by Jon Guze
Senior Fellow, Legal Studies, John Locke Foundation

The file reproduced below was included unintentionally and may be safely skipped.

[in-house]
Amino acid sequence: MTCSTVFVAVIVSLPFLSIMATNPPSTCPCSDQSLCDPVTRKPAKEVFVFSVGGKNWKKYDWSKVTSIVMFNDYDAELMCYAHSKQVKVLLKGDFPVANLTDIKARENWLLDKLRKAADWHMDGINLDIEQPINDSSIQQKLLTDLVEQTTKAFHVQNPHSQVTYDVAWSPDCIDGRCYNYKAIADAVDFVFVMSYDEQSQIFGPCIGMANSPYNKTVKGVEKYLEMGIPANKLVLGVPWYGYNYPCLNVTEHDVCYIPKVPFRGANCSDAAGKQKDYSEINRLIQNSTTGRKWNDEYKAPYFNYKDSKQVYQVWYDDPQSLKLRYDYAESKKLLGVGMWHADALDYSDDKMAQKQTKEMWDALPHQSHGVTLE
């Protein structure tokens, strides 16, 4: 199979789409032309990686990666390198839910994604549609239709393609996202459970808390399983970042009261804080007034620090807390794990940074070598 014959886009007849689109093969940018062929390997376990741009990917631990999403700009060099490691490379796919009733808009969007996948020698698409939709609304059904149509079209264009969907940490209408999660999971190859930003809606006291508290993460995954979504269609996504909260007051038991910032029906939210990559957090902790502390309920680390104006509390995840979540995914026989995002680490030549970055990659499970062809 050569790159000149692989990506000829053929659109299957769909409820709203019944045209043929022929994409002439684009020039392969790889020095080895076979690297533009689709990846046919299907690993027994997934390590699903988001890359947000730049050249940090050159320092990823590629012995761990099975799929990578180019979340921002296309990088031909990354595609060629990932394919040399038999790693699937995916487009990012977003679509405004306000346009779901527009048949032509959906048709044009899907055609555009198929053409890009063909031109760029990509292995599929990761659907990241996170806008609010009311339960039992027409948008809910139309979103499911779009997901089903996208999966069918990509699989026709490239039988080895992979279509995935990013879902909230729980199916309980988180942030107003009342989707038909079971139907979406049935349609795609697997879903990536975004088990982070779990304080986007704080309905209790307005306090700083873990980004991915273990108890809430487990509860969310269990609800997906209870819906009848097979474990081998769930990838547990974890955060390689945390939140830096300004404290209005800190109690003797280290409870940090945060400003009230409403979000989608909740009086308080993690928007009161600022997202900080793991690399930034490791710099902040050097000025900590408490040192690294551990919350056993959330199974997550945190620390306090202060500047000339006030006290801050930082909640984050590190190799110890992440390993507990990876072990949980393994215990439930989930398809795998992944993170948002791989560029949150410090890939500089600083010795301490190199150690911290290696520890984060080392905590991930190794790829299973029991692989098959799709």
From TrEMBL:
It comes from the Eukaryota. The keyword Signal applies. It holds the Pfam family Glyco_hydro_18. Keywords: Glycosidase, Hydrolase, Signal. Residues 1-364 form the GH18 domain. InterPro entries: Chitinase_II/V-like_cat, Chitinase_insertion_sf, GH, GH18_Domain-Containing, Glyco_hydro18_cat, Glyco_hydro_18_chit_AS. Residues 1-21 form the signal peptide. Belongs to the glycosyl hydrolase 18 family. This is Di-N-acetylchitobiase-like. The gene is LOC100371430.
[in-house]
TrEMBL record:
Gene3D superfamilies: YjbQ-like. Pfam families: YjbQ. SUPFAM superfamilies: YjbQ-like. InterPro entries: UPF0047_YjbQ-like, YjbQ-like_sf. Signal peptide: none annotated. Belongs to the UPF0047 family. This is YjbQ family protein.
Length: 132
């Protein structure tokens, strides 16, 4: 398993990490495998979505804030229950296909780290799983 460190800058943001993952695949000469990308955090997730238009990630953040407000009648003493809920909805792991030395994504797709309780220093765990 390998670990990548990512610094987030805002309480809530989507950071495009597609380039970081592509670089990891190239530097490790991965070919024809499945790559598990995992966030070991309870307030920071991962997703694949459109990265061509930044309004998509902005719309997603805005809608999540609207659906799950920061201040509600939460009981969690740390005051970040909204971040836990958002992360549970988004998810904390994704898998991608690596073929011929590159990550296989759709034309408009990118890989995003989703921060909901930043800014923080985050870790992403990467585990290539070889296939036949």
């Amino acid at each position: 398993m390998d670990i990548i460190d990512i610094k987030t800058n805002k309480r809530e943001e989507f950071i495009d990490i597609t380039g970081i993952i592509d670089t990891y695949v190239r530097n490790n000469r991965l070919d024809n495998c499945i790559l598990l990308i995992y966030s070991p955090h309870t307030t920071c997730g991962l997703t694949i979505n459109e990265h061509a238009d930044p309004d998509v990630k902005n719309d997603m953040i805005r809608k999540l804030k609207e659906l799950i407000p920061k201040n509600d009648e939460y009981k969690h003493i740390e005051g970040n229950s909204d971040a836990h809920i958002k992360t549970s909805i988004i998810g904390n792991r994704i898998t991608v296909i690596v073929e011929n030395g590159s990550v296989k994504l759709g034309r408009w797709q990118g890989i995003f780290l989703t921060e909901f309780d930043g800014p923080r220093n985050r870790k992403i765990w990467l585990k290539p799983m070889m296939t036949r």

The Prison Policy Initiative recently published a table comparing states in terms of “unique jail admissions per 100,000 state residents” during 2016 and 2017. It’s not clear from the report whether the differences were caused primarily by differences in crime rates or by differences in pre-trial policies, but, either way, lower is surely better. That’s why I’m pleased to note that North Carolina is doing very well when it comes to jail admissions. In the period under consideration, there were 1,253 jail admissions per 100,000 residents in North Carolina. The national average was 1,506, and only 8 states had admission rates that were lower than ours. At the other end of the scale, 8 states–Georgia, Kansas, Kentucky, Mississippi, Missouri, New Mexico, Oklahoma, and South Dakota–all had more than 2,000 jail admissions per 100,000 residents.